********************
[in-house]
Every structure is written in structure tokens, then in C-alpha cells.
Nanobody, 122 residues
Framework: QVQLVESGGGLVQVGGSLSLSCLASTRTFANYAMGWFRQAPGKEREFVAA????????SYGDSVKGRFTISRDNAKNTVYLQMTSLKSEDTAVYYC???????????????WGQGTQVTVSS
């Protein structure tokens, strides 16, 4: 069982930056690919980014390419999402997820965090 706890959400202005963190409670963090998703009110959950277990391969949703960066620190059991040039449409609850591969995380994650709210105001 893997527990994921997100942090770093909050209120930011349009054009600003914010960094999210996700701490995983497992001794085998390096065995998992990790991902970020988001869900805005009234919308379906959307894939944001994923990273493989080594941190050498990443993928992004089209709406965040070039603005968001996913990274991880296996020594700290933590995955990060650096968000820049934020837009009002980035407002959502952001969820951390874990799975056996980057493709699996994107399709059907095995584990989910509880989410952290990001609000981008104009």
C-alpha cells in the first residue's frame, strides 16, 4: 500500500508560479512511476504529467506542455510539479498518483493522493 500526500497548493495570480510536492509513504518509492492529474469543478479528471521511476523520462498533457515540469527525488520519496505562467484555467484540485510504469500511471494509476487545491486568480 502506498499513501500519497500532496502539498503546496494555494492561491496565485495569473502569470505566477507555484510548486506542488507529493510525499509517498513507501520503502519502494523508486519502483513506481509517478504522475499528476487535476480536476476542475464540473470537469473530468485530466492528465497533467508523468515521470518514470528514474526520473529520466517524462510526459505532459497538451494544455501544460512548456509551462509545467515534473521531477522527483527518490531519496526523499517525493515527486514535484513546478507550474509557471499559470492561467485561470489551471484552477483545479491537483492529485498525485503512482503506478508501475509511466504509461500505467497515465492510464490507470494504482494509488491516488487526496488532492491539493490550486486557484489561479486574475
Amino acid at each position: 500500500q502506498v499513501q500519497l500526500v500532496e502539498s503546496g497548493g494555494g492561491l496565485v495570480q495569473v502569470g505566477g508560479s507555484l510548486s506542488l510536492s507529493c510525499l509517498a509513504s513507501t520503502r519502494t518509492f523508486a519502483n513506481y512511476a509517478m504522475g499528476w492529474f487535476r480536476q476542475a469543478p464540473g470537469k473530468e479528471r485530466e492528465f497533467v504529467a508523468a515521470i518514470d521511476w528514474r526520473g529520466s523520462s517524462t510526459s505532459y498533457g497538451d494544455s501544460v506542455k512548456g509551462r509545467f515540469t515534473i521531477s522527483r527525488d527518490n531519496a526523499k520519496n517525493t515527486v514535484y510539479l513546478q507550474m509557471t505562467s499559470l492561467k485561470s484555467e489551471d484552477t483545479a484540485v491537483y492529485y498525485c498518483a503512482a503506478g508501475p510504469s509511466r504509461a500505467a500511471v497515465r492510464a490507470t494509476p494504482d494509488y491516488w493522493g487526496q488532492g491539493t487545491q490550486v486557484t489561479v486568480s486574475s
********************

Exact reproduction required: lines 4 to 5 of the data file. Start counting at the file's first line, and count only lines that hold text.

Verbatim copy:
Framework: QVQLVESGGGLVQVGGSLSLSCLASTRTFANYAMGWFRQAPGKEREFVAA????????SYGDSVKGRFTISRDNAKNTVYLQMTSLKSEDTAVYYC???????????????WGQGTQVTVSS
């Protein structure tokens, strides 16, 4: 069982930056690919980014390419999402997820965090 706890959400202005963190409670963090998703009110959950277990391969949703960066620190059991040039449409609850591969995380994650709210105001 893997527990994921997100942090770093909050209120930011349009054009600003914010960094999210996700701490995983497992001794085998390096065995998992990790991902970020988001869900805005009234919308379906959307894939944001994923990273493989080594941190050498990443993928992004089209709406965040070039603005968001996913990274991880296996020594700290933590995955990060650096968000820049934020837009009002980035407002959502952001969820951390874990799975056996980057493709699996994107399709059907095995584990989910509880989410952290990001609000981008104009």